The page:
Conclusión

Los síntomas GI pueden ser comunes en COVID-19 y ser la primera manifestación, incluso antes de fiebre y síntomas respiratorios. Por ello, los clínicos y gastroenterólogos debemos estar alerta a estos casos atípicos durante la actual pandemia y sobre la probable transmisión fecal-oral, y considerar medidas preventivas.

Palabras clave:
COVID-19
Síntomas gastrointestinales
Diarrea
Pronóstico
Transmisión fecal-oral
Texto completo
Introduction

The coronavirus disease-2019 (COVID-19), the clinical name of the new severe acute respiratory syndrome coronavirus-2 (SARS-CoV-2) infection,1 has been confirmed in 1,237,420 cases worldwide, with 67,259 deaths.2 The disease struck Mexico 3 weeks ago, and as of April 5, 2020, there have been 2143 confirmed cases and 94 reported deaths, with a total of 5209 patients currently under observation as suspicious cases.3 Although the main manifestations of this viral infection are fever, dry cough, and shortness of breath,4 as clinicians and gastroenterologists, we must learn from the experience of other countries, such as China, and be aware that gastrointestinal (GI) manifestations, albeit infrequent, can present in the course of the clinical scenario of this infection.4 Therefore, our aim was to review the recent publications on COVID-19 to learn about the GI manifestations of this infectious disease.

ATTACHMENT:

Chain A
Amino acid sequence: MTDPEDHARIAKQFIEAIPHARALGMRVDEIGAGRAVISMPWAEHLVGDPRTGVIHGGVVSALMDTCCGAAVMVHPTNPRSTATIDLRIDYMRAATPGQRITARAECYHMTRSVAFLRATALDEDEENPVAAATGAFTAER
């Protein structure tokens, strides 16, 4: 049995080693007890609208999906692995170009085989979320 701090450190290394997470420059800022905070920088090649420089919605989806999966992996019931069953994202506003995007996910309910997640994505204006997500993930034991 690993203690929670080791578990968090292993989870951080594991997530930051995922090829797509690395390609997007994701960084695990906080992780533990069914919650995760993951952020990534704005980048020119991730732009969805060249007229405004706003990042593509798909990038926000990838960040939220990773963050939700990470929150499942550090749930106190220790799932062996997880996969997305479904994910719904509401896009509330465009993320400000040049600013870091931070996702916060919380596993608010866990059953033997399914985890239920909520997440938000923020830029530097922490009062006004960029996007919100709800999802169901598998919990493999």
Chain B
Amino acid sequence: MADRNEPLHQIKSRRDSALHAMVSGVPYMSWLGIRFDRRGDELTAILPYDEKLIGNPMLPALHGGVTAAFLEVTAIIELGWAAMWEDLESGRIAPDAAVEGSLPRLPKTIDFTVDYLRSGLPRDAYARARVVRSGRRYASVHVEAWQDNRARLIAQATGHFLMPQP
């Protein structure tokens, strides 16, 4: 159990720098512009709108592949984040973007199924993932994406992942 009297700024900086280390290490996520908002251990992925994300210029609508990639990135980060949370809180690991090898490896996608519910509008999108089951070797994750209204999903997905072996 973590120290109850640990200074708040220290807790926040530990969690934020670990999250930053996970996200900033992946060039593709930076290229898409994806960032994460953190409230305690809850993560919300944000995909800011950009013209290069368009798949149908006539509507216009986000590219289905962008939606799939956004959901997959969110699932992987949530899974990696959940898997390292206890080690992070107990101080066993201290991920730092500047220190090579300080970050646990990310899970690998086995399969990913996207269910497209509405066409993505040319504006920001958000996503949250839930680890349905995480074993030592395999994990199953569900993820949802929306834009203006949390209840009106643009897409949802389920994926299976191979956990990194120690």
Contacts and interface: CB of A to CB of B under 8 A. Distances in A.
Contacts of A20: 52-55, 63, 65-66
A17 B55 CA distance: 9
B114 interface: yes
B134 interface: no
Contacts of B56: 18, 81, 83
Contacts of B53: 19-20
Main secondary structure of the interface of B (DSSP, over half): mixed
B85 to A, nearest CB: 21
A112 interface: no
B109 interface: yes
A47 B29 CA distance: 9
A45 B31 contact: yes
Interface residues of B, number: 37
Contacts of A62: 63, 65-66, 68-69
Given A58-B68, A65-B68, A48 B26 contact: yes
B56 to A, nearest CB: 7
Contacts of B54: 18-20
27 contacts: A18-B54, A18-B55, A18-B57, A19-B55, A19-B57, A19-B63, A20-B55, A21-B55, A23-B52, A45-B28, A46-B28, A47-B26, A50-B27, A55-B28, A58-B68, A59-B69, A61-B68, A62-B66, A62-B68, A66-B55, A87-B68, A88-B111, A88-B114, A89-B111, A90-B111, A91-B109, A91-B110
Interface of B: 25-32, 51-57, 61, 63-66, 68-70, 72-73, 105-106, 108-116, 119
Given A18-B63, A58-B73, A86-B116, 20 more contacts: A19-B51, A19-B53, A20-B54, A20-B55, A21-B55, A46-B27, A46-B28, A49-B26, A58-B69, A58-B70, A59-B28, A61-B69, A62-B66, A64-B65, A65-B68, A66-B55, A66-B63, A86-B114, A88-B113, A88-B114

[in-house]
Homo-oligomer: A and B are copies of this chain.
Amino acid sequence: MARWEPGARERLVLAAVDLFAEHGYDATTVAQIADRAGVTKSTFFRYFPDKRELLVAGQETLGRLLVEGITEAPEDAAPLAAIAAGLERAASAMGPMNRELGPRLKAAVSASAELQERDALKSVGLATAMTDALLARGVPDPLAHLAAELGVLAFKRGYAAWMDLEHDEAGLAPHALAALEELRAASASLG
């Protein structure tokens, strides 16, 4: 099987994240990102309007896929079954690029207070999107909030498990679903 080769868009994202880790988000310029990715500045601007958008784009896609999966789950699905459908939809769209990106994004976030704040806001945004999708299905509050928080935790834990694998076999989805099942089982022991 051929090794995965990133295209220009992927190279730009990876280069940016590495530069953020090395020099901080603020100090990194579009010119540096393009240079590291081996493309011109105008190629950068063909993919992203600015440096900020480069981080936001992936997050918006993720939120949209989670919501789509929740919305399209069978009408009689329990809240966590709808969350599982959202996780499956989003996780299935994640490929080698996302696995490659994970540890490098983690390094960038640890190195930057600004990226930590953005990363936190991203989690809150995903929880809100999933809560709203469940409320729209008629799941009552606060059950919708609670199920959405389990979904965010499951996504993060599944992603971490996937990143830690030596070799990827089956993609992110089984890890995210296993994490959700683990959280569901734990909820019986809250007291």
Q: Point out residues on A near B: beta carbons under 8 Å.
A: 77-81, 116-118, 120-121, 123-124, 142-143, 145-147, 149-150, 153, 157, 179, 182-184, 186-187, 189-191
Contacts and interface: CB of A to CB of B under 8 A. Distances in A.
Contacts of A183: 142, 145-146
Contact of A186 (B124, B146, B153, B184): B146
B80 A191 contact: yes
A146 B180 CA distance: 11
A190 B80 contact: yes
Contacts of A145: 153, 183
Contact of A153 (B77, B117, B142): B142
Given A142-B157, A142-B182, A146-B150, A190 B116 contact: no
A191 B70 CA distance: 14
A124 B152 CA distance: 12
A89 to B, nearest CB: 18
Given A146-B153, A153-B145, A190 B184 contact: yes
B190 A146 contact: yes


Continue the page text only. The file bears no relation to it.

Methods

A search was conducted utilizing the Medline database, with the words COVID-19 AND Gastrointestinal symptoms: AND with specific symptoms including Diarrhea; Nausea; Vomiting; Abdominal Pain; Belching; Anorexia. We then combined the descriptor COVID-19 AND China; South Korea; Italy; Europe; North America; United States. The review was conducted by two reviewers (MS and MFD). Only full papers published in English were selected. In addition, the search was complemented with other references cited in the papers identified. The reported prevalence of GI symptoms in patients with COVID-19 was summarized. The following information was extracted: the countries of the diagnosed cases; the number of patients analyzed; age in median and range (for the papers that did not report a median, in which that central tendency measure could not be calculated, the mean was reported); and sex percentages. In addition, the number and percentage of total GI symptoms were extracted, if they were reported, as well as the number and percentage of patients reporting the abovementioned individual symptoms. We also reviewed GI symptoms as atypical presentations of COVID-19 and their relation to patient prognosis and to epidemiologic factors, such as exposure to the Huanan Seafood Market, if reported. Given that the majority of the studies were published between December 2019 and April 2, 2020, the Table results are listed in alphabetical order, by the surnames of the lead authors.

Results